"Joy and pleasure are as real as pain and sorrow and one must learn what they have to teach. . . ." -- Sean Russell, from Gatherer of Clouds

"If you're not having fun, you're not doing it right." -- Helyn D. Goldenberg

"I love you and I'm not afraid." -- Evanescence, "My Last Breath"

“If I hear ‘not allowed’ much oftener,” said Sam, “I’m going to get angry.” -- J.R.R. Tolkien, from Lord of the Rings

Tuesday, January 24, 2012

Interesting Discussion (Updated)

over at Joe.My.God., but not for the reasons the participants might think. It's Joe's report on Dan Savage being glitter-bombed by an "activist" whose objections to Savage include everything but the kitchen sink:

A group of six activists, who named themselves The Homomilitia for the event, said they confronted Savage as he entered the theatre through a back-alley entrance. In an interview with Xtra after the confrontation, activist Fister Limp Wrist accused Savage of "ableist, racist, transphobic, fat-phobic, sero-phobic and rape-apologist attitudes and views."

What's interesting is that the comments thread was hijacked by trans advocates, probably because of Joe's comment that the "activists" didn't manage to include something about Savage's "gay white male cisgender privilege" in their screed. (Never mind that they are otherwise full of it.)

I left a couple of comments in the thread, which does contain some reasonable discussion, but one thing I didn't address, and I guess it's kind of weighing on me: I consider being referred to as "cis-male" and "privileged" to be insulting. Those terms are meant to be belittling. They are used for no other reason than to set me apart and to designate me as "other," and I've had quite enough of that in my life, thank you. I have one question for those who consider being white and male as somehow conferring "privilege": a majority of the kids who have been bullied to death in the past couple of years have been white boys. How privileged do you think they felt?

Update: Similar discussion at AmericaBlog Gay. Just as lively, a little less ad hominem, and some good points made. It's interesting that no one is defending the glitter-bombers.

I should also note in this context this post from John Aravosis, since it's the campaign for marriage equality that is being characterized as "screwed up."

Monday, January 23, 2012

Too Good Not to Share

Thanks to Joe.My.God.

It All Starts to Come Together

From serving military personnel in Bagram, Afghanistan:

Saturday, January 21, 2012

Moron du Jour, And an Antidote

His name is Scott Moody and he claims to be an economist. That's his basis for supporting the repeal of same-sex marriage in New Hampshire -- it's going to hurt the state's economy because all the children will disappear, or something. (He doesn't mention that every projection that's been done by a real economist, and statistics derived from jurisdictions in which same-sex marriage is recognized, show that SSM actually boosts the economy.)

His arguments are a hodge-podge of Christianist talking points, are completely logic free. Let's do a quick demolition:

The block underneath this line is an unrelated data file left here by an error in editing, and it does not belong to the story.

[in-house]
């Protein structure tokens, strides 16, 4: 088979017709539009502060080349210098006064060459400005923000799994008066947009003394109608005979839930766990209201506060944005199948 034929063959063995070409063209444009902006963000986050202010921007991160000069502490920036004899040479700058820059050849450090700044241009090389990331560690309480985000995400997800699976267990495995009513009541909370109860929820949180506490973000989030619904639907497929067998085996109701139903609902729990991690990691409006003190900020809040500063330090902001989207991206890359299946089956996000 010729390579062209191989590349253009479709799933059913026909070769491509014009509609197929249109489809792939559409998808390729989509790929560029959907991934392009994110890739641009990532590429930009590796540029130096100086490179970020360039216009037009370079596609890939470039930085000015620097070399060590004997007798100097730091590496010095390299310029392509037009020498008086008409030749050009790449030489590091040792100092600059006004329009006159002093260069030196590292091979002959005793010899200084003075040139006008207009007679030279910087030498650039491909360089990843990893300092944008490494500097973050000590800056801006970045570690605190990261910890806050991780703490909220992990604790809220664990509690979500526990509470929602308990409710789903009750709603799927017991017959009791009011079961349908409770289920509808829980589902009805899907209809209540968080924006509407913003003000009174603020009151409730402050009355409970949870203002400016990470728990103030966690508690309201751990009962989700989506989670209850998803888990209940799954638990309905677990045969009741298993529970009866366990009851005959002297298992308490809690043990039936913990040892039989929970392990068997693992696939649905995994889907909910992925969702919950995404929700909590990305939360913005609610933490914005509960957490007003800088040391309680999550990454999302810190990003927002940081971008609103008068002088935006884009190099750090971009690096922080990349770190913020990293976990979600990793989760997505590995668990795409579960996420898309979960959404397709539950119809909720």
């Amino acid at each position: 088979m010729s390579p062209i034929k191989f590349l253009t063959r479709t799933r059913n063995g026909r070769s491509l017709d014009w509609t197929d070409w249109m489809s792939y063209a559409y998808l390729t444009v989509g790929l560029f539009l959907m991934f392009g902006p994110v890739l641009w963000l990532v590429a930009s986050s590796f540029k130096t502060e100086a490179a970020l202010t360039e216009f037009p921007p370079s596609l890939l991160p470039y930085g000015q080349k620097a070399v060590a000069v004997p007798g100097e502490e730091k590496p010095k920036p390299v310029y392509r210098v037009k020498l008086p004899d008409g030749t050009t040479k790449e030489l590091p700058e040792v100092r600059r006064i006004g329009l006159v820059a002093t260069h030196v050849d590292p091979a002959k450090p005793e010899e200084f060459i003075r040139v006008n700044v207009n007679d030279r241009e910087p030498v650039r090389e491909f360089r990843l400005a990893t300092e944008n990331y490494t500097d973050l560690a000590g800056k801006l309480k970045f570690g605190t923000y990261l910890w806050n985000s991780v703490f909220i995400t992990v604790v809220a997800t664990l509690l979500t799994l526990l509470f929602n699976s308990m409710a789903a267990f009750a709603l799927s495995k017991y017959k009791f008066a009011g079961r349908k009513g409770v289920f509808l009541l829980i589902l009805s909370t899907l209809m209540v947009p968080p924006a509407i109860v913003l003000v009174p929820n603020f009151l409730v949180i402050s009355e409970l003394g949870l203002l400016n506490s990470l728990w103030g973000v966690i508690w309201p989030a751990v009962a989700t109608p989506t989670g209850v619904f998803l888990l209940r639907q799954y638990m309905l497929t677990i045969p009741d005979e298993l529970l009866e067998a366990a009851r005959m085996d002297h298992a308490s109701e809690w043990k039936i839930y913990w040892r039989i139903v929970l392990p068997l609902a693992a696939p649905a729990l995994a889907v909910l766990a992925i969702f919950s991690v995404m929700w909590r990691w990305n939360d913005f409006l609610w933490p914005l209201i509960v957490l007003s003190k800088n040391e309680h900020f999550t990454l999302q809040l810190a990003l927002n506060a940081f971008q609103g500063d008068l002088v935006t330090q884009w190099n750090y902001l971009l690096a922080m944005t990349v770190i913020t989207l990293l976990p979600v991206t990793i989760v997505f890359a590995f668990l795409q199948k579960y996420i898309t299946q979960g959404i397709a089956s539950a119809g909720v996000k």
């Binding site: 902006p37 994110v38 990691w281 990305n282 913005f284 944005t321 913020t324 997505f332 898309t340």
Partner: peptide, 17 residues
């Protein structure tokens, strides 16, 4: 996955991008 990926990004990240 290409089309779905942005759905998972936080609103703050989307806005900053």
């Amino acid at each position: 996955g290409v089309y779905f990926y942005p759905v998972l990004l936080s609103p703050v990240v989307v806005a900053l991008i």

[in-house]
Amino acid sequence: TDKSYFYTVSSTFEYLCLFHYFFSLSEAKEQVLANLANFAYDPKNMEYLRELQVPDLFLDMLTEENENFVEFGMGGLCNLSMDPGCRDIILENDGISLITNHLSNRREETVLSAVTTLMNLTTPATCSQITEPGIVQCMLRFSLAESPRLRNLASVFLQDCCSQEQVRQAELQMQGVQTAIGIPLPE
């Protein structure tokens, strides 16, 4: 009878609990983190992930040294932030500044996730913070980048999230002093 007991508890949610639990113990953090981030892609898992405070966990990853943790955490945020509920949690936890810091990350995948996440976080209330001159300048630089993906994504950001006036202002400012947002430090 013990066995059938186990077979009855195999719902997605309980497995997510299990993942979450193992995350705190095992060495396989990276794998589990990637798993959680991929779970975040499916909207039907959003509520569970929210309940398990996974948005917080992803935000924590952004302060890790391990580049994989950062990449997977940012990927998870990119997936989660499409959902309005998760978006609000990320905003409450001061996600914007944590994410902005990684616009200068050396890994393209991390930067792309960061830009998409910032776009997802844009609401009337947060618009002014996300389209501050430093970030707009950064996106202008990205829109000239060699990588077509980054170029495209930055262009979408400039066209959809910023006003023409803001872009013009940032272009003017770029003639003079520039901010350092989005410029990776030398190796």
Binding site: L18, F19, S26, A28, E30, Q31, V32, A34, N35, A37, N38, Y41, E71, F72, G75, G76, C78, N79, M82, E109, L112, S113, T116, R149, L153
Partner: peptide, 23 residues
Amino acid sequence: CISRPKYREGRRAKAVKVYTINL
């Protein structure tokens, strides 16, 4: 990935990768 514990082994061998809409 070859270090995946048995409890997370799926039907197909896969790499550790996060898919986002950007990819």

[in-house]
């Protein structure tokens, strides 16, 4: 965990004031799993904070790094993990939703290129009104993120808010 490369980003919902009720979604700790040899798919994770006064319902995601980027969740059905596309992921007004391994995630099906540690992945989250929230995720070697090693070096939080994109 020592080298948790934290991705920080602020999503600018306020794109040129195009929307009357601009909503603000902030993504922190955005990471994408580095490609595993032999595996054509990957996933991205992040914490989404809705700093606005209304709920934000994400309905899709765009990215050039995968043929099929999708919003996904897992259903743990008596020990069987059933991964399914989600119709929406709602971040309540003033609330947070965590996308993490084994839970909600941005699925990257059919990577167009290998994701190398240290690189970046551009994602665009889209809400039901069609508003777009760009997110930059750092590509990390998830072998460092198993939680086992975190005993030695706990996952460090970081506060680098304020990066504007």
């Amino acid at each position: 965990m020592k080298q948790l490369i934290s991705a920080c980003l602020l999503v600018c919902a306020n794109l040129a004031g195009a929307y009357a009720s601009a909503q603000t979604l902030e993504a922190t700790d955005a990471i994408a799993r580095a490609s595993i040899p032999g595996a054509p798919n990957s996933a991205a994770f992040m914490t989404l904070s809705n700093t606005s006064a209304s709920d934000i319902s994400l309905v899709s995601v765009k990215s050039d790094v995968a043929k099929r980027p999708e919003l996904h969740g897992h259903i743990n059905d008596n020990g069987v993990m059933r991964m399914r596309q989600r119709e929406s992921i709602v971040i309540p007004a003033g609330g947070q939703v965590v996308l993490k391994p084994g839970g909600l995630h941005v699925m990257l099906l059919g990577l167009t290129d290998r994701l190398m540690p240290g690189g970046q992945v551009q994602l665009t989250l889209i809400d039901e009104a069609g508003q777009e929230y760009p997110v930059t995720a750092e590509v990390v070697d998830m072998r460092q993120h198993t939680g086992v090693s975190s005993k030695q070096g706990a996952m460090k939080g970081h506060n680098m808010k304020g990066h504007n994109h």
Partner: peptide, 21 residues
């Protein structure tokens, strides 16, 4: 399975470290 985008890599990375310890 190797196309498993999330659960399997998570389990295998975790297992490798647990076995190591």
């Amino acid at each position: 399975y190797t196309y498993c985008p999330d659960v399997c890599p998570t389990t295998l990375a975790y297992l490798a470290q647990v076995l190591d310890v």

According to Moody, one of the main reasons for marriage is for a man and a woman to bear children.

Actually, according to the Catholic Church, one of the main reasons for marriage -- actually, the reason for marriage -- is for a man and woman to bear children. As it happens, that's not really strongly corrected to reality, considering the number of married couples who either cannot have children or elect not to have children.

He asserts same-sex couples are physically unable to produce children and must therefore adopt. According to Moody, every same-sex marriage has a net child capacity of zero, meaning each same-sex married couple does not contribute to their community's population as would a heterosexual couple.

Wrong. About a quarter of same-sex couples are raising children, and of those, an increasing number are raising their own children, either from previous marriages or through sperm donors or surrogates. Once again, class: we're gay, we're not sterile.

They may adopt, but this does not equate to producing their own children, according to Moody.

Let's insult everyone while were at it. And "does not equate" according to what standard?

Do you get the idea that this guy's "arguments" are out there in Neverneverland someplace?

He's fixated on biological parents, too:

Moody said that by allowing same-sex marriage in the state, the methods for handling court cases involving biological parents and their children is now thrown out the window because with same-sex couples, one or both of the individuals may not be the child's biological parents and could be linked by nothing but an adoption certificate.

If I recall correctly, under the law an adopted child is fully equivalent to a biological child. This argument is pure garbage.

It's a whole page of bullshit. Amanda Beland, who wrote the article, is to be credited for actually performing journalism -- if you click through and actually read it (which will either raise your blood pressure or give you a good laugh), you'll note that she is careful to keep her distance from this diatribe. She does nail him on the religious basis for repeal, sort of: